Why a Poppy?
Flanders is the name of the western part of Belgium where some of the most concentrated and bloodiest fighting of the First World War took place. There was complete devastation. Buildings, roads, trees and natural life disappeared. Where there were homes and farms there was now a sea of mud - a grave for the dead - where men remained fighting.
Only one living thing survived. The Poppy. Flowering each year with the coming of the warm weather, it brought life, hope, colour and reassurance to those still fighting. Poppies only flower in rooted up soil. Their seeds can lay in the ground for years without germinating, and only grow after the ground has been disturbed.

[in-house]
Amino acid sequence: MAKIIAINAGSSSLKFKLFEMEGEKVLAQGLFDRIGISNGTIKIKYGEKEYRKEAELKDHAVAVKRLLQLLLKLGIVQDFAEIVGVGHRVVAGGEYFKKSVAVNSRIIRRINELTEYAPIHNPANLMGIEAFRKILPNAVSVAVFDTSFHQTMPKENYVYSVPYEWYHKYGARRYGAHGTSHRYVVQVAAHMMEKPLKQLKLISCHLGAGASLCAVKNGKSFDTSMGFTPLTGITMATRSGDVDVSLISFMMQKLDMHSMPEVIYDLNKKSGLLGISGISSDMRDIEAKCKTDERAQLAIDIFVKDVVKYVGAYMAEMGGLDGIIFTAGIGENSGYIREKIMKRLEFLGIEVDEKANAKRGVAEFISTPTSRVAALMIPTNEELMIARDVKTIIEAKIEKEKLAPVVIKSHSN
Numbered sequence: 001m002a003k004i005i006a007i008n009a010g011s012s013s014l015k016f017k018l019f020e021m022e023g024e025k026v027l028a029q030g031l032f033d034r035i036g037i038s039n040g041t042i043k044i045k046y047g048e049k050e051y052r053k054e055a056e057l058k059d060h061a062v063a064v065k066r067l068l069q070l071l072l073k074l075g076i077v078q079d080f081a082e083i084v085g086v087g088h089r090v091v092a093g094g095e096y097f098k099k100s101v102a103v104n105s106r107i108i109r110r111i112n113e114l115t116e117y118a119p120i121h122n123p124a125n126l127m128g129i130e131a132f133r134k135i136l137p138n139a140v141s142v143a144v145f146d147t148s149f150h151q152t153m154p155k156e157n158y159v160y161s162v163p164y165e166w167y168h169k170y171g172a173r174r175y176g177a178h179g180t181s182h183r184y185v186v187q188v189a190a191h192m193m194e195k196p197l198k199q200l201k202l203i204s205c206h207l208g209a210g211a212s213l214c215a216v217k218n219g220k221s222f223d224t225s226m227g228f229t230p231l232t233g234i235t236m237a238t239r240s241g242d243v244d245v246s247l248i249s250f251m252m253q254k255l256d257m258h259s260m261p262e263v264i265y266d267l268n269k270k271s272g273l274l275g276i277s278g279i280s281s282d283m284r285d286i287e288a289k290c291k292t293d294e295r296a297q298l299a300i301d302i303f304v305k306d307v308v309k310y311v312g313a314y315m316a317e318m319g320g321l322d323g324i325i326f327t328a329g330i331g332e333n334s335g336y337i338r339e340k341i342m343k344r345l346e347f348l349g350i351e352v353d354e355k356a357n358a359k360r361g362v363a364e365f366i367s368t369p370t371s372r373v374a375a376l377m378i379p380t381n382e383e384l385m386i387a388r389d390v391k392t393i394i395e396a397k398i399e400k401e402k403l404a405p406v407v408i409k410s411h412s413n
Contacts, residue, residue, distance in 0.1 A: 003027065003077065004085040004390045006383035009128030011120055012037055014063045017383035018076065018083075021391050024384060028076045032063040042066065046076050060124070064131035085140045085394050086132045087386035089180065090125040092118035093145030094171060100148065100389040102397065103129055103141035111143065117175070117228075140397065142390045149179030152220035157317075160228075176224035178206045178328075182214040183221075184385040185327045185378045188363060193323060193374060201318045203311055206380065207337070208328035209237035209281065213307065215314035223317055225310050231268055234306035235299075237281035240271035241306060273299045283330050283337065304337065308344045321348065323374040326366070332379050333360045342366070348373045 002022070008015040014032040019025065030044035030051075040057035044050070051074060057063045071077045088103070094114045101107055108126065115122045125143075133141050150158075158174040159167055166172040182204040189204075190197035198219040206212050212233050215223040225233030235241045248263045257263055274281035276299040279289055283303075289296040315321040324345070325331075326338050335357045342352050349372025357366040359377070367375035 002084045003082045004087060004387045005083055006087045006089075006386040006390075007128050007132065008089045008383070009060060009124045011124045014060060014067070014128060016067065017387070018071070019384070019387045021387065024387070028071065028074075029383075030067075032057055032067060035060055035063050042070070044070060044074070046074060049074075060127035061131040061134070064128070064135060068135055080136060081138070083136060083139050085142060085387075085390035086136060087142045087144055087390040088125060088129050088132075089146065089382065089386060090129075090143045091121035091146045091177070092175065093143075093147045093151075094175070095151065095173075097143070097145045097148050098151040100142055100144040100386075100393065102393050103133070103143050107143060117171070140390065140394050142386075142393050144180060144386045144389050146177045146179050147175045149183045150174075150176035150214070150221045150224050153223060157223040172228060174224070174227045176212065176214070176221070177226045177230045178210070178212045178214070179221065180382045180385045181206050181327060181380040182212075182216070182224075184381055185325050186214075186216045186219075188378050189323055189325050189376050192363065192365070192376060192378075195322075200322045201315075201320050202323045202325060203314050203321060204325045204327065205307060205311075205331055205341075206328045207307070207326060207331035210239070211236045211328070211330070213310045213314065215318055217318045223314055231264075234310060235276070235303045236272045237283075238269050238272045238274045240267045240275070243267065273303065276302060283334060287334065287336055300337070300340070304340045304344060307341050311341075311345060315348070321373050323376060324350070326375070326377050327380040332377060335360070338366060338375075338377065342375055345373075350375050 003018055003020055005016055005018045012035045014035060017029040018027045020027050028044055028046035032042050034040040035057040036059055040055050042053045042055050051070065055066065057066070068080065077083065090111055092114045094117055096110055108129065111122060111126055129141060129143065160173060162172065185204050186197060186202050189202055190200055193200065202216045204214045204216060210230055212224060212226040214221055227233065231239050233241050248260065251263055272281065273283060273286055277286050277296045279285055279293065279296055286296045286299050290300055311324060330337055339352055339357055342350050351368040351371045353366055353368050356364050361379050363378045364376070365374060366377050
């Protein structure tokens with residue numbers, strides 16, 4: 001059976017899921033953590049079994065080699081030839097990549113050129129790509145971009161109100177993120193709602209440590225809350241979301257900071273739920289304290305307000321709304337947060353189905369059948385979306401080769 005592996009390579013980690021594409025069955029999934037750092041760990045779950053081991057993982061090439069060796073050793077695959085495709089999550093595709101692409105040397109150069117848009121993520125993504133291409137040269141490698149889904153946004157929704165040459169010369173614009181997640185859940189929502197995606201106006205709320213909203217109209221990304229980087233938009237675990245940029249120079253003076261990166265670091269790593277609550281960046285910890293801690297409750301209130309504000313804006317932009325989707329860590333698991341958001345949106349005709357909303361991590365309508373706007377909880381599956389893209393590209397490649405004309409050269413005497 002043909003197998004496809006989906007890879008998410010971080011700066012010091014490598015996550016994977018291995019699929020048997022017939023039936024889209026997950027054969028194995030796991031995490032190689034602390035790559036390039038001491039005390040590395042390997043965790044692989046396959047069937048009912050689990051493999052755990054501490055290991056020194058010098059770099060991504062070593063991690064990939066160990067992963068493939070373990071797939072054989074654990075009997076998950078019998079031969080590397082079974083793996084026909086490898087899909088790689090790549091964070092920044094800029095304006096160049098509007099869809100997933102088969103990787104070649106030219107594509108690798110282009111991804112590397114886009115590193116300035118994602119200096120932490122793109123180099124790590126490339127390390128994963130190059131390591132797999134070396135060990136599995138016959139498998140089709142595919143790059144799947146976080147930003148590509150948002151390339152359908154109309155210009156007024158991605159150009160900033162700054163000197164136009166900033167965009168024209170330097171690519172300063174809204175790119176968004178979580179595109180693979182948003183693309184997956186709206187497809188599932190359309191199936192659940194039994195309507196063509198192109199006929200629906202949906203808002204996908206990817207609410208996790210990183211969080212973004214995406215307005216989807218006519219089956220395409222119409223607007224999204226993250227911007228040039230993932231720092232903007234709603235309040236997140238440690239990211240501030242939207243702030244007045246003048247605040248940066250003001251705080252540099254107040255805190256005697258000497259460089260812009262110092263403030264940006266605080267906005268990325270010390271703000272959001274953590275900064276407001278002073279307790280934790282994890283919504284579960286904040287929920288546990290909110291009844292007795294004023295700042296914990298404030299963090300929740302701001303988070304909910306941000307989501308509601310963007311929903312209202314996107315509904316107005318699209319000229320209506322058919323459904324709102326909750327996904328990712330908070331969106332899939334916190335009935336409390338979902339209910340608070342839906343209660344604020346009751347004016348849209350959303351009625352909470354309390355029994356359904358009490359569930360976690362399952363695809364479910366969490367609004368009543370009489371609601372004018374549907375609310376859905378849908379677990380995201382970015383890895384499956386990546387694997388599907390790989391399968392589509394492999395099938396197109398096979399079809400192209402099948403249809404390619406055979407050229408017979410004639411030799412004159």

John McCrae, a doctor serving with the Canadian Armed Forces, was so deeply moved by what he saw blooming in a place of such devastation, that in 1915 in his small note book, he scribbled down the poem "In Flanders Fields".